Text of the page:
In the build-up to the release of At The Gates’ sixth full-length, To Drink From The Night Itself, there appeared to be a clear split within the community. On the one hand we had the ‘fuck yeah, new At The Gates!’ crowd, and on the other hand, we had the Slaughter of the Soul exists, why are you still making new music?’ group. What the latter seem to have ignored is just how good 2014’s At War With Reality really was. It was a comeback album of Traced In Air proportions; following up arguably the greatest album in the genre with an incredible record that managed to stay in keeping with their history without retreading too much old ground. With a clarity of production that simply wasn’t possible in their first coming, At War With Reality was replete with bangers such as “The Circular Ruins”, “Eater of Gods” and “Upon Pillars of Dust” as it showcased their razor-sharp riffs, trademark aggression and excellent songwriting. Given the 19 years between albums it was quite a feat, and after a comparatively short four-year wait we have a new full-length to dive into – so let’s do just that.
We kick off with a short intro track in which melancholic acoustic guitars and chilling female vocals precede epic orchestrations that give a sense of hopeful despair. Despite the #bantheintrotrack movement, this does a good job of setting the scene for what’s to come, and the fact strings reappear at a couple of points throughout the record shows they are more than just an afterthought. We then kick off the record proper with the title track. One of the best songs on the record, we get exactly what we want from an At The Gates song. A heavy, memorable main riff that can carry a song, a dark, quasi-industrial atmosphere and Tomas Lindberg’s signature bark and lyrical style. We also get our first real taste of the record’s production on this track, and this is where we start to hit some speed bumps. The clarity of At War With Reality has been forsaken in favour of a grittier production that’s raw and has loud, fuzzy bass. The latter is something you expect in a stoner album, not death metal, and it begs the question of why they shifted styles from their previous record. They don’t need raw production to sound menacing, and the slightly muddled mix leaves the guitars lacking their usual punch.
Back to the music and “A Star Bound In Stone” picks up from where we left off. Another strong track, we get a great main riff accompanied by a driving rhythm section, occasional tremolos and a nice shift in tempo during the bridge. Unfortunately, things start to go downhill from there. “Palace of Lepers” is a solid track in its own right, perhaps even good, but it feels like we’ve heard it all before. It sounds like an amalgamation of the previous track together with some riffs recycled from the editing room floor of their last record. Worse still, this issue goes on to plague the remainder of the album, with songs blending into one another and losing the distinct characteristics which have made At The Gates the powerhouse name they are today. Each song is strong enough on its own merits when listened to in isolation; however, when combined to form an album the whole is less than the sum of its parts. When observing the whole we find that the same parts can be found in different places, some of them old and reused, others clumsily duplicated, too few pieces thoughtfully crafted to be fit for purpose.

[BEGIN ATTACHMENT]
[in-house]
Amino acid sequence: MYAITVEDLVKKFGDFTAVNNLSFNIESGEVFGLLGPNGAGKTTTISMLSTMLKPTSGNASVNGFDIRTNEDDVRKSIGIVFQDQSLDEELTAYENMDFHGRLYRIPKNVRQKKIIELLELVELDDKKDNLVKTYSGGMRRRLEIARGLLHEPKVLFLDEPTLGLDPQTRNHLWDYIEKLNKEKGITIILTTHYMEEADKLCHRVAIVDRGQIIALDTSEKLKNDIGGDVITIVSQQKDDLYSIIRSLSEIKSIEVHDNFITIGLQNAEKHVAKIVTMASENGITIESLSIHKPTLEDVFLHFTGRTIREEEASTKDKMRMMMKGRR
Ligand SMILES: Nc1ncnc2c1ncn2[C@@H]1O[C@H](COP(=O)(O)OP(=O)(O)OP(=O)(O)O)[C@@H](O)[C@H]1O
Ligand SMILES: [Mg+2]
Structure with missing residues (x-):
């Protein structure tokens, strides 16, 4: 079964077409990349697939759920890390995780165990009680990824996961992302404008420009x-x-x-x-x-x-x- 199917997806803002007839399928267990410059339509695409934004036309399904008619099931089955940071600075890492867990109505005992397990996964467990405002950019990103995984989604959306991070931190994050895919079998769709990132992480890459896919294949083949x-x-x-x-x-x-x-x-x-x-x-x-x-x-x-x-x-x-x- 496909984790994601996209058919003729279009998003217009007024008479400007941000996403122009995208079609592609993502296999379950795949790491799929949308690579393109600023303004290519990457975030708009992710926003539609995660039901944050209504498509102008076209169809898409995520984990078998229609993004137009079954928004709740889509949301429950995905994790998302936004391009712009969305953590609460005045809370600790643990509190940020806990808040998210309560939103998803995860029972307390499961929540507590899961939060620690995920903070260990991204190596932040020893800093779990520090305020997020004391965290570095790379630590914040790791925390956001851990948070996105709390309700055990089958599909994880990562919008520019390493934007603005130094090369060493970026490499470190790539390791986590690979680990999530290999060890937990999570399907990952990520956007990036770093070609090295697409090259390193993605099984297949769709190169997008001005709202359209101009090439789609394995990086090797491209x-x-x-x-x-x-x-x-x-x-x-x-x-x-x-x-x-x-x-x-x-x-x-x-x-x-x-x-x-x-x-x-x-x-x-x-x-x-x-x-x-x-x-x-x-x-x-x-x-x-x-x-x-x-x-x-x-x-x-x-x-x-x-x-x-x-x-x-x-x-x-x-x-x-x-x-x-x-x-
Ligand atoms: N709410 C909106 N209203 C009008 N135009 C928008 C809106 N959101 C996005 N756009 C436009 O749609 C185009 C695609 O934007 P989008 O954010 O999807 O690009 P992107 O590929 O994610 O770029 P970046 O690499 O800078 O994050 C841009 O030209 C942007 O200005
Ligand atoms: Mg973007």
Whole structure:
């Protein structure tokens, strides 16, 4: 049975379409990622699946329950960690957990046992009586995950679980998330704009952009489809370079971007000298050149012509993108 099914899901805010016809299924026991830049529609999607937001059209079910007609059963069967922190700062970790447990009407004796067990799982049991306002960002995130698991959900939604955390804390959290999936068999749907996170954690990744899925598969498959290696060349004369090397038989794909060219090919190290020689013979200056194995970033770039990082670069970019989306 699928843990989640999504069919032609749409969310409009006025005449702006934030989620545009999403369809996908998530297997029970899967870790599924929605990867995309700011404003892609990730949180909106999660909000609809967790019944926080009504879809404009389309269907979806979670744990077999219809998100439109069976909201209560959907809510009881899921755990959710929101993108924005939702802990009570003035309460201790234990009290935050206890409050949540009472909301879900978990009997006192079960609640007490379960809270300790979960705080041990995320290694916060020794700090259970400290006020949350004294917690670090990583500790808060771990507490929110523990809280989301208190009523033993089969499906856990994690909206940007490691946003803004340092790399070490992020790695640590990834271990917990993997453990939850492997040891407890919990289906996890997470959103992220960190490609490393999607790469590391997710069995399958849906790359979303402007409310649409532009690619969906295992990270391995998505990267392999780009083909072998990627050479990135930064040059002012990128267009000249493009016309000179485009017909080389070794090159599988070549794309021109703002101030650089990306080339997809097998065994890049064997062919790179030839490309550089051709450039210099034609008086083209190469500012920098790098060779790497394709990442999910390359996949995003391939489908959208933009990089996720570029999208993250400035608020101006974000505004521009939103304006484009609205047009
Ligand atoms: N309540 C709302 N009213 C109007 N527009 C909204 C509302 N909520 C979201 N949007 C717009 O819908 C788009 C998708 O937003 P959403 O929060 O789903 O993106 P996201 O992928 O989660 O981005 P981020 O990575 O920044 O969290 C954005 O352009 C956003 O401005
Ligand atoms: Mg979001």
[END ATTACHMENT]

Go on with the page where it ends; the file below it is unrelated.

When accounting for context, To Drink From The Night Itself looms as the weakest entry in At The Gates’ mighty discography. In some cases, the band departs from things which worked so well in the past, such as their production, while in others, they lean too heavily on what they’ve done before. That’s not to say this is a bad album, for it has its moments, but when measured against the lofty standards At The Gates have created for themselves it can only be seen as a disappointment. Their first record without principal songwriter Anders Björler, one has to wonder whether we have another In Flames on the cards. Jesper Strömblad and Björn Gelotte wrote most of In Flames’ iconic songs between them, but upon the former’s departure, the quality of the band’s output has fallen dramatically, despite Björn’s obvious abilities. Similarly, twin brothers Anders and Jonas Björler co-wrote around half of At The Gates’ last two albums, but with Anders writing the other half alone, one has to wonder if Jonas is up to the task of single-handedly righting this ship. For everyone’s sake let’s hope that he can, or that Anders returns to the fold. Until such a time that we can find out, at least we have their back catalog to listen to.